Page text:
9 Important Tips In Preparing Kids To Move
Even when it’s a great move, moving is difficult for everyone. It’s even more distressing for kids because it’s seldom their idea, and children frequently feel powerless.
Here is a list of 12 recommendations to assist youngsters in getting ready for relocation. You may not follow all of them, but they will add to the contents of your toolkit.
These recommendations for getting kids ready to move also apply to teens and adults.
- Prepare them in advance.
Tell the kids as soon as reasonably practicable that you’re thinking about moving. Some folks are concerned that this may cause them unnecessary distress. This risk is lower than the risk of a youngster feeling helpless and excluded from decision-making.
Sharing the reasons for the decision and the procedure used to make it might help children develop their abilities to make difficult decisions and learn how to weigh the benefits and drawbacks.
Once you’ve decided, give them a printed schedule of when the existing house will be put on the market, if that’s the situation. Discuss also when you’ll visit the new location, when you’ll pack, and where you’ll stay during the transition. It would be helpful also to talk about when they’ll start new schools and anything else you can think of.
Be truthful. Kids, especially gifted ones, handle honesty better than deception, and they perceive selective sharing of information as lying.
But if you have a strong reason not to provide specifics ahead of time (for example, job security), tell them why.
- Give them as many options as possible.
Allow children to make many decisions because they feel helpless in this situation.
- Is it possible for them to choose which toys to leave out?
- Is it possible for them to pick their own room? What is the colour of the paint?
- Is it possible for them to name the new house?
- Can they take part in real estate agent interviews?
- Can they contribute to the “must-have” list for the new home?
Watch some house-hunting shows with your kids to show them that sacrifices are inevitable.
If cash is tight, be upfront about it. If your finances aren’t in order, there’s no point in pretending everything is alright.
- A bloom-where-you-are-planted mentality is a great model to follow.
Set a good example. Make it clear how you intend to adjust to the new situation, but not in a preachy way.
Tell them how you intend to create new acquaintances. Discuss how you will go about joining new groups.
Share your own conflicted emotions with the family. Just because you’re blooming where you’re planted doesn’t mean weeds aren’t sprouting nearby.
- Seek advice.
You don’t have to wait until you’re in a crisis to seek help.
A visit to a therapist may be a terrific preventative step during the moving process. It can also make it easier for kids to be receptive to seeing a counsellor if there are issues that need professional help after the move.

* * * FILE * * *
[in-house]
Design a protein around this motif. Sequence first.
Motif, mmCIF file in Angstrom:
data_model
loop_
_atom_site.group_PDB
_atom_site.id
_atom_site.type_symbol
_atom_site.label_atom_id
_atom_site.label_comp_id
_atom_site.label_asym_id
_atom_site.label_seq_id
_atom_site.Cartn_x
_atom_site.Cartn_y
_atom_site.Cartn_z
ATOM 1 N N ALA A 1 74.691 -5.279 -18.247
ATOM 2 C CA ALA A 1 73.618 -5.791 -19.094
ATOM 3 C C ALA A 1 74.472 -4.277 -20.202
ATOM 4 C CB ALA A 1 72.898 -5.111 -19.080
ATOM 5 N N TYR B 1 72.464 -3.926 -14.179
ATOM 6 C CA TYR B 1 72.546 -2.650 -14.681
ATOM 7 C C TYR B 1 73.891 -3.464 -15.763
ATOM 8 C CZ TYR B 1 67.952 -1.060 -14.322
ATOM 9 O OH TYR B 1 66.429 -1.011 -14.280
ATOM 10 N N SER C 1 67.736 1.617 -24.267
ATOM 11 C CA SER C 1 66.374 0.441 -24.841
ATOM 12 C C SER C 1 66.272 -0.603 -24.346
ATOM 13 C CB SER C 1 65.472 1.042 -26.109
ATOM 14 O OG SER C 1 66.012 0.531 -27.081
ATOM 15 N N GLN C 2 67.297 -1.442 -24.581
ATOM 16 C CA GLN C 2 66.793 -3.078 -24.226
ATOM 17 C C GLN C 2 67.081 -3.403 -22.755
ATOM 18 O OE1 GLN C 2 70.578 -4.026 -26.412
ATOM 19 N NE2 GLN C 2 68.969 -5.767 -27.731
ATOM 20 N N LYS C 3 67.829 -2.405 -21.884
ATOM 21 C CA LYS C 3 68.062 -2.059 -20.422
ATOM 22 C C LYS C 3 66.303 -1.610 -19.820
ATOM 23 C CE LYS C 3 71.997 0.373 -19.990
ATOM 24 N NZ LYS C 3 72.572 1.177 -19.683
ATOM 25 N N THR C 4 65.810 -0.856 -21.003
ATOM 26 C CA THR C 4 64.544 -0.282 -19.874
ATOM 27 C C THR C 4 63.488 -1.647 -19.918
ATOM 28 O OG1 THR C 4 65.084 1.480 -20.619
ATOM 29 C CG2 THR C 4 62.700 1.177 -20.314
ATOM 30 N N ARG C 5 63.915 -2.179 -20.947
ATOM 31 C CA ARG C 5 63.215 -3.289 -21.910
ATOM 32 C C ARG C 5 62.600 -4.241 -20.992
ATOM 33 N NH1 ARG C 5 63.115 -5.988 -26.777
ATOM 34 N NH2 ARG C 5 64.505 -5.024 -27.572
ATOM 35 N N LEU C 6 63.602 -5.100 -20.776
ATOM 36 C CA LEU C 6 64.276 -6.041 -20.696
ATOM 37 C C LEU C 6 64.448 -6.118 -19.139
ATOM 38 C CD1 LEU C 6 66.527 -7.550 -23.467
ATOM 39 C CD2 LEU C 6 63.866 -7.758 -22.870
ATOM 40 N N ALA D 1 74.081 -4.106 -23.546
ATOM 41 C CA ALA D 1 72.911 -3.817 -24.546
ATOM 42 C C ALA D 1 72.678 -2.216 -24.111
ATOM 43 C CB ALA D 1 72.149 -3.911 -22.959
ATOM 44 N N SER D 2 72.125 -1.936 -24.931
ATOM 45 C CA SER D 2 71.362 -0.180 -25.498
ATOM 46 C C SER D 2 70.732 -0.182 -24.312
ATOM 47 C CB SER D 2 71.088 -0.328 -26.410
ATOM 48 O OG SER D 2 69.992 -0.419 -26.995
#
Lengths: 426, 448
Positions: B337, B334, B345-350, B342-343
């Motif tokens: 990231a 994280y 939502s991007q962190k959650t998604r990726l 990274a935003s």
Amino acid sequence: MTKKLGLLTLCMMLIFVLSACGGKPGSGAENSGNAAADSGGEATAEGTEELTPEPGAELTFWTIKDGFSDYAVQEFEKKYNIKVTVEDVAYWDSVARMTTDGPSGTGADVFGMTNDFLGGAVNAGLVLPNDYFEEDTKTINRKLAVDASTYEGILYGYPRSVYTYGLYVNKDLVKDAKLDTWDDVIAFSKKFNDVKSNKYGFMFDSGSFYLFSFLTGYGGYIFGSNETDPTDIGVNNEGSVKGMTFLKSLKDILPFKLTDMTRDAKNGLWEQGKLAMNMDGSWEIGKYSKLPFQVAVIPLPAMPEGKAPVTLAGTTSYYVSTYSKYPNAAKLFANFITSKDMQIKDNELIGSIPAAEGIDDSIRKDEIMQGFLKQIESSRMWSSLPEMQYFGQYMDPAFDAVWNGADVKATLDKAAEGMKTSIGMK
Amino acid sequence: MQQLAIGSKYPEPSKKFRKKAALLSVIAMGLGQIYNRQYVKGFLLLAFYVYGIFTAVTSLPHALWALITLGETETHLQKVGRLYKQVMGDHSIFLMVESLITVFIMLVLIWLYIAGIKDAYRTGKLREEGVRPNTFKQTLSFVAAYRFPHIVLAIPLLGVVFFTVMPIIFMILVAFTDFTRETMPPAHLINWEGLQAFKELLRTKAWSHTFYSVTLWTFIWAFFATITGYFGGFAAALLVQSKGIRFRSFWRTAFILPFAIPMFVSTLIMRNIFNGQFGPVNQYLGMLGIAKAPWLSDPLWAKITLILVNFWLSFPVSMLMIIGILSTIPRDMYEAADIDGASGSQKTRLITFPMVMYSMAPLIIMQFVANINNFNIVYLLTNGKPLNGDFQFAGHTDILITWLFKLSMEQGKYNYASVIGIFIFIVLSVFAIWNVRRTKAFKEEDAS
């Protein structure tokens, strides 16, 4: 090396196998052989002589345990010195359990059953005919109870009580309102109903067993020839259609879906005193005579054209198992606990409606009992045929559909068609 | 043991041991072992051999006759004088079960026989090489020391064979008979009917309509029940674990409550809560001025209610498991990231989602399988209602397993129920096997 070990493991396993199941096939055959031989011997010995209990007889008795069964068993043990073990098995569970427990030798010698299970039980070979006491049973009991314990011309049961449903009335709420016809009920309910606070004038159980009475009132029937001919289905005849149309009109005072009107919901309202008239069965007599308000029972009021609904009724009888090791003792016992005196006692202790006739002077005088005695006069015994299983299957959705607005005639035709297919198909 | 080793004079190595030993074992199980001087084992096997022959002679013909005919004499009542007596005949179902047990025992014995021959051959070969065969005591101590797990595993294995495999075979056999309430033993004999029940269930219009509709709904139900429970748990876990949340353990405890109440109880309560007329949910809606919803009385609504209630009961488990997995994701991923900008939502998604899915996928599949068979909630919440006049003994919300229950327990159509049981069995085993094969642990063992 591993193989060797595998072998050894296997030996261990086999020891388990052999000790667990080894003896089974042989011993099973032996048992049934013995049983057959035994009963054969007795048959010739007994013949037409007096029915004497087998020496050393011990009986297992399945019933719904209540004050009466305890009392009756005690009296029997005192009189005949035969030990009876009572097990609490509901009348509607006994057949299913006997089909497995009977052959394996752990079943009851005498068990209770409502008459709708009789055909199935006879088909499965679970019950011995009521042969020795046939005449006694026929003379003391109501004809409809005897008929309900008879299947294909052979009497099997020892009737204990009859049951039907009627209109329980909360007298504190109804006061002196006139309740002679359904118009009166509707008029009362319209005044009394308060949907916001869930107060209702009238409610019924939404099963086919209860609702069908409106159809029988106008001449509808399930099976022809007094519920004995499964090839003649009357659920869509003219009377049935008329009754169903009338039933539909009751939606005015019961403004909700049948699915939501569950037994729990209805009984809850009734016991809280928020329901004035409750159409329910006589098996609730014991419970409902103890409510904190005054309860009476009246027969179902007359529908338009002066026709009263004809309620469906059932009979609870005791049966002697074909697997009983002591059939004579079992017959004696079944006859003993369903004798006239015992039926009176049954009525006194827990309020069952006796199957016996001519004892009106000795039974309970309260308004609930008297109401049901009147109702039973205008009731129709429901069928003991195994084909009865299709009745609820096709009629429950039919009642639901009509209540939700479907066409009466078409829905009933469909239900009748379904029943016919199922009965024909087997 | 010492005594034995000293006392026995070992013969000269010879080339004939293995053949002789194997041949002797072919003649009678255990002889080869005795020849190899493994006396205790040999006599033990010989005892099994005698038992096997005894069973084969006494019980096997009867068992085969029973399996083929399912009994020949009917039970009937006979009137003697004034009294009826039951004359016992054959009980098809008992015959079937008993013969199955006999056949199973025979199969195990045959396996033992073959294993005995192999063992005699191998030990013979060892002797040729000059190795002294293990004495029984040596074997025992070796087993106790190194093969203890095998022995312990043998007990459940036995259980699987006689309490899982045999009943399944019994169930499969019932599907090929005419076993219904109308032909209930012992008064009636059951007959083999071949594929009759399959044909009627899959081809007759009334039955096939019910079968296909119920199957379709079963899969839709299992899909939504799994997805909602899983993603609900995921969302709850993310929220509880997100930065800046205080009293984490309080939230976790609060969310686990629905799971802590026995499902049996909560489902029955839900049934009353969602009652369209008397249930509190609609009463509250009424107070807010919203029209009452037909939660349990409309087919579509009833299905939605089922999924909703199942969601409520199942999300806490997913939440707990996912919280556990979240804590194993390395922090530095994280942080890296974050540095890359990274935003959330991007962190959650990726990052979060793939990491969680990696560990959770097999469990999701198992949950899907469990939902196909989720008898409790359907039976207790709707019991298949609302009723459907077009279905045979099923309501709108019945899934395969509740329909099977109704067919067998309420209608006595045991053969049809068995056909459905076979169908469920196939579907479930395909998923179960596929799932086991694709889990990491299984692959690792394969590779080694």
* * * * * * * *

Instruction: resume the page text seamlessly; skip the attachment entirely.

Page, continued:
- Create memorable moments.
It’s critical to assist children in creating memories that they may transfer with them to the new home. Images and movies can be beneficial.
Create a list of the ten best reasons you enjoy living in your current location. Make a photo book of your favourite spots inside and outside the house.
It’s also a great idea to leave a film for the next family detailing all of your home’s and neighbourhood’s wonders and mysteries.
- Make a connection ahead of time.
Make contacts now, rather than waiting till the relocation. You may not know the school yet, but you might be able to find organizations, children’s museums, dance courses, and other activities similar to those in your current location.
Social media can be a terrific place to meet other parents who share your interests. If you belong to a Facebook group, post that you’re relocating to a new area and ask if anybody knows anyone who lives there.
Look up top activities for children in the neighbourhood on the internet, and let your kids choose the ones they want to go to. Check to see if any of the locations provide virtual field trips.
- Encourage them to write in their journals.
Journaling is a fantastic way for youngsters to keep track of their emotions, both happy and negative. Respect your kids’ privacy by not reading their journals.
There’s no need for anything extravagant. Simply take out a spiral or blank book and begin writing. Allow children to customize a cover image with a photograph or drawing of their house.
- Include them in the planning process.
Kids often enjoy organizing projects, so allowing them to look for moving organization suggestions might be a great way to divert some of their moving-related enthusiasm. Being a part of the actual planning of the relocation can make the whole affair more pleasant.
Some children may enjoy making a Pinterest board or a notepad with ideas for you. Take their suggestions carefully and try to implement as many as possible. This isn’t a problem because they’ll most likely come up with some good ideas.
- Respect their anguish.
It is a loss to relocate. Leaving one’s home, as well as friends, family, church, schools, and even neighbourhood shops and playgrounds can feel like death.
Recognizing that children are grieving and allowing them to go through the mourning process without continuously making them happy recognizes that suffering.
Sharing the phases of grieving with your child might be beneficial. Even keeping a list of them on the refrigerator might help kids identify and label their emotions.
One sure way to lessen the hassles of moving is to hire a company like Adlam Transport. We can guarantee that our Perth furniture removalist service is the best you will ever experience. We have experts who will take care of all your moving needs.